Under the Hood
Blue Pup deviates from the typical Puppy Linux characteristics. Blue Pup is based on Quirky Tahr 6.0, which goes in a different developmental direction.
Rather than burning the installation to DVD or USB drive from an .ISO file, Quirky Tahr -- and hence Blue Pup -- is delivered in an .XZ compressed file that sheds its envelope to an .IMG file. Place that file on a bootable 8-GB USB and the installation is complete.
The structure of the main Puppy Linux line supports a Squash File Structure that lets you add or remove software as needed. It also loads into RAM for lightning-fast performance. It lets you use the same USB installation as a portable Linux distro in any computer. Not so with Blue Pup.
Like the Quirky line, Blue Pup does not use a personal saving file to maintain persistent memory. All system changes and desktop configurations are saved to the .IMG file.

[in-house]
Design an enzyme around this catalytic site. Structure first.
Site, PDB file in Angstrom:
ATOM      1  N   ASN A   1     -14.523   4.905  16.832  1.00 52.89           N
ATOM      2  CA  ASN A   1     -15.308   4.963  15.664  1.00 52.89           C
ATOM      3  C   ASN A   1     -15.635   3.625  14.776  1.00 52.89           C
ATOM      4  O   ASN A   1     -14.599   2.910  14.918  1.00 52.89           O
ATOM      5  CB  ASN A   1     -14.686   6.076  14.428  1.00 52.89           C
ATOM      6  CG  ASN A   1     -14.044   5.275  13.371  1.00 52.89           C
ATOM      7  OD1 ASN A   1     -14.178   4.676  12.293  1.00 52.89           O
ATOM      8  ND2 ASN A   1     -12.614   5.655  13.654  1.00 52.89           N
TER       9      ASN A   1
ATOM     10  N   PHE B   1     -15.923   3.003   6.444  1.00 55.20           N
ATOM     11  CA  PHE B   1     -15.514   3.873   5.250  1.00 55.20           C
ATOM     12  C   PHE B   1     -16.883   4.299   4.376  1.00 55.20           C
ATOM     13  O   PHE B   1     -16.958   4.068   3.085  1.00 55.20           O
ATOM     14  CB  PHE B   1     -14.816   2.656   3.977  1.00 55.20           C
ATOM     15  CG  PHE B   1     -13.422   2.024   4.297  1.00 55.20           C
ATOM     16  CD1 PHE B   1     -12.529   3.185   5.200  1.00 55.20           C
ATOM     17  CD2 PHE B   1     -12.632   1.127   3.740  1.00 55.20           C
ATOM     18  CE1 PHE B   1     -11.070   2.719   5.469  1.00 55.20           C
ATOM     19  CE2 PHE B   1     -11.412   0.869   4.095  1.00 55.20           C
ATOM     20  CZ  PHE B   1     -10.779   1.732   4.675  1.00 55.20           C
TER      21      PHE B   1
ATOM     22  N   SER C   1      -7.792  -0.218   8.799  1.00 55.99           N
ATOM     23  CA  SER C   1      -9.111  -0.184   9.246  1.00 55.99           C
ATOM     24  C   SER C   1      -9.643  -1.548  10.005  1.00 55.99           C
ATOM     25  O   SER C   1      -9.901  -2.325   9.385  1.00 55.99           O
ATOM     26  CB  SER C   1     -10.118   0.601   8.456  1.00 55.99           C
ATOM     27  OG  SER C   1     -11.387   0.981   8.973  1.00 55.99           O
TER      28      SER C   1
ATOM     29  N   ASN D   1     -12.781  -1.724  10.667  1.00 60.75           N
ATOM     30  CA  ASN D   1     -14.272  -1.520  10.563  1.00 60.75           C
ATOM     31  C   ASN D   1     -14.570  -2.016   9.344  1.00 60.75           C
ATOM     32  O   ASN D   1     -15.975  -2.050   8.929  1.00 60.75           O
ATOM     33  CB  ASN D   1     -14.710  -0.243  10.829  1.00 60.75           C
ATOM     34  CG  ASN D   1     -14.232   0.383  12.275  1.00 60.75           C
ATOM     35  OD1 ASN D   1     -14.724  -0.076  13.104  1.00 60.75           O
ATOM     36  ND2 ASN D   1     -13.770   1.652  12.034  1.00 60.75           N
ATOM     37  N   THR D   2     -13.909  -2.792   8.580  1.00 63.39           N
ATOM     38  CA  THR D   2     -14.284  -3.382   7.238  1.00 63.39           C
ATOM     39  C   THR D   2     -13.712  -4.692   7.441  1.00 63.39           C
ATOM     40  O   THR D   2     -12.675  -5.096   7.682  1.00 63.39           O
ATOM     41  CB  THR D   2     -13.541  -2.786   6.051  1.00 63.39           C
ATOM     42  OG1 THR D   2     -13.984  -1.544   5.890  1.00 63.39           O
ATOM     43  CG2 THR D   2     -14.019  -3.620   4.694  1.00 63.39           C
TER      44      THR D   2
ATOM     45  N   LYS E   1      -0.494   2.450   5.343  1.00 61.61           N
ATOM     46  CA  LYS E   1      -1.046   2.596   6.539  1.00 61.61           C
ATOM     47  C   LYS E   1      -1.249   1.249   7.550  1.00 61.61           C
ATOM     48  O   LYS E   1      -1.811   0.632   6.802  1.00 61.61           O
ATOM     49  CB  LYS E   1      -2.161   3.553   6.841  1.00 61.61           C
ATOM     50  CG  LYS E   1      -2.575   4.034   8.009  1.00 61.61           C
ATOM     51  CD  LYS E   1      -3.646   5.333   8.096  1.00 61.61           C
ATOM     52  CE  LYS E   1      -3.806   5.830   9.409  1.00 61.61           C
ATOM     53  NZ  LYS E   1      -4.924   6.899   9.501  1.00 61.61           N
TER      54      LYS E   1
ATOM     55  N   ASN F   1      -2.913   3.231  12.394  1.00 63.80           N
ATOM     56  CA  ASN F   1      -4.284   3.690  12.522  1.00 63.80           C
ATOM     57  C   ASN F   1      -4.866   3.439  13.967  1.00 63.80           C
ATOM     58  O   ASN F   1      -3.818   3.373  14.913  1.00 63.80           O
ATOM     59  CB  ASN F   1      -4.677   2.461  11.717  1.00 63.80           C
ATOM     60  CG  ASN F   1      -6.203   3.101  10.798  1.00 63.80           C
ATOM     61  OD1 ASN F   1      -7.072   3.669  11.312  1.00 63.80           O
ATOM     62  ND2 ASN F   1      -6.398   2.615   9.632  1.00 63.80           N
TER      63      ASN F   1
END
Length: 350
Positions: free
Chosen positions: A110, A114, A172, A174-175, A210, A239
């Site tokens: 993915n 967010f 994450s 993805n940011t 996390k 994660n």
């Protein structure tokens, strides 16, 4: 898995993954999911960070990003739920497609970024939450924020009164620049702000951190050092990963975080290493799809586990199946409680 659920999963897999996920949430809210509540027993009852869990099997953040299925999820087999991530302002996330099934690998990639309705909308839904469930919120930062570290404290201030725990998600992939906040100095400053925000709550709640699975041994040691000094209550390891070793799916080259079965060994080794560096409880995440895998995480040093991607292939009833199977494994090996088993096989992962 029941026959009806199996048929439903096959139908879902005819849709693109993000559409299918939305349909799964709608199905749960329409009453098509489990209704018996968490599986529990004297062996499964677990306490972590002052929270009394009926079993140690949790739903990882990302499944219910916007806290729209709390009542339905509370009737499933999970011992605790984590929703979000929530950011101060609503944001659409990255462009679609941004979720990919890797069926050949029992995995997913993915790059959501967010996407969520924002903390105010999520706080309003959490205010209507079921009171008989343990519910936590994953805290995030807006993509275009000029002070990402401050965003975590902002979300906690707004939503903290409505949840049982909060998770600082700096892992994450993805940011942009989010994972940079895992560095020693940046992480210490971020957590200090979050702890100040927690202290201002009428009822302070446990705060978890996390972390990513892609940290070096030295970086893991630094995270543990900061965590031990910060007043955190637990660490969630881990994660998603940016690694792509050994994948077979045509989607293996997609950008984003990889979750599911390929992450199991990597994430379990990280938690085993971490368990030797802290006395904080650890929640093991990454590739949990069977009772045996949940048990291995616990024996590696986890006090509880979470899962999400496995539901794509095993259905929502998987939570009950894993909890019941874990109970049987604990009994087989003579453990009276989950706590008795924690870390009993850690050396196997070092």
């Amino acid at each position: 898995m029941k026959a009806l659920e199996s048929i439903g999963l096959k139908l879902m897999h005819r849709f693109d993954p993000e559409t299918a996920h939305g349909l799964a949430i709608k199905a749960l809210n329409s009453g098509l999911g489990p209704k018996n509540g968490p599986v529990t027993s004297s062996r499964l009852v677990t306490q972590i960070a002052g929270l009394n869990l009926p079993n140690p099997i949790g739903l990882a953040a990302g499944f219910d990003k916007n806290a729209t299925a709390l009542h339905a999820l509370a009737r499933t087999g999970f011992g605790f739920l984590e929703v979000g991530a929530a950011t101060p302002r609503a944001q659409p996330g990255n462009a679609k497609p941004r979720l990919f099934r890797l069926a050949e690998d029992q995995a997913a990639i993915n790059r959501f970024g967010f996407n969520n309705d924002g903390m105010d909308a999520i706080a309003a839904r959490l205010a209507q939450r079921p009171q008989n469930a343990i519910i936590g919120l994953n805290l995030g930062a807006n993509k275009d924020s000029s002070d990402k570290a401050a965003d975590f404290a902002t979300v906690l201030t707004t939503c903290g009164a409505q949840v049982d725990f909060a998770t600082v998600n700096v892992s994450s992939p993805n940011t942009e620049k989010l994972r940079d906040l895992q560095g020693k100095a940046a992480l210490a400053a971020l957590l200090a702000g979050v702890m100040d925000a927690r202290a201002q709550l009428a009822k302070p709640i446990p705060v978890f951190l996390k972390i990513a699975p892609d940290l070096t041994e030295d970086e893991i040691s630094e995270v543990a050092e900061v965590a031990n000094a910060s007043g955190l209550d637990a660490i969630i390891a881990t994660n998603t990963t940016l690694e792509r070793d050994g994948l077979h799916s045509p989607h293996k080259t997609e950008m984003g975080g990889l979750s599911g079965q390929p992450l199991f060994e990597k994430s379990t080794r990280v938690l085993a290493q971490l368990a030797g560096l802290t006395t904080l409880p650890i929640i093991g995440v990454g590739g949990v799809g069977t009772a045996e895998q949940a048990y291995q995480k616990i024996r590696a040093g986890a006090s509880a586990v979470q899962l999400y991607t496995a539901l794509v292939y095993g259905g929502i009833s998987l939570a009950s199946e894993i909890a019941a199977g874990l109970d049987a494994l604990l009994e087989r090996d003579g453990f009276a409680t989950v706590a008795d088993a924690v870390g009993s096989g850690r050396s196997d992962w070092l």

That means you can not use the same USB disk to run Blue Pup in any other computer. Well, you can -- but be prepared for things to go wrong.
Unlike the standard Puppy Linux distro, Blue Pup does not load into RAM, but it is still an extreme speed demon. Both the browser-based applications and the local-installed programs closely match the flash speed I get when using my Chromebook.
This is really an interesting design. The Chromium browser with access to Google apps gives you the look and feel and most of the performance of a Chromebook environment. The performance is peppy so you think you are running Chromebook -- almost.
Ironically, "Blue" was the Microsoft codename for the Win 8.1 release. By default, Blue Pup boots into a screen displaying active tiles much like the Windows 8 Metro design.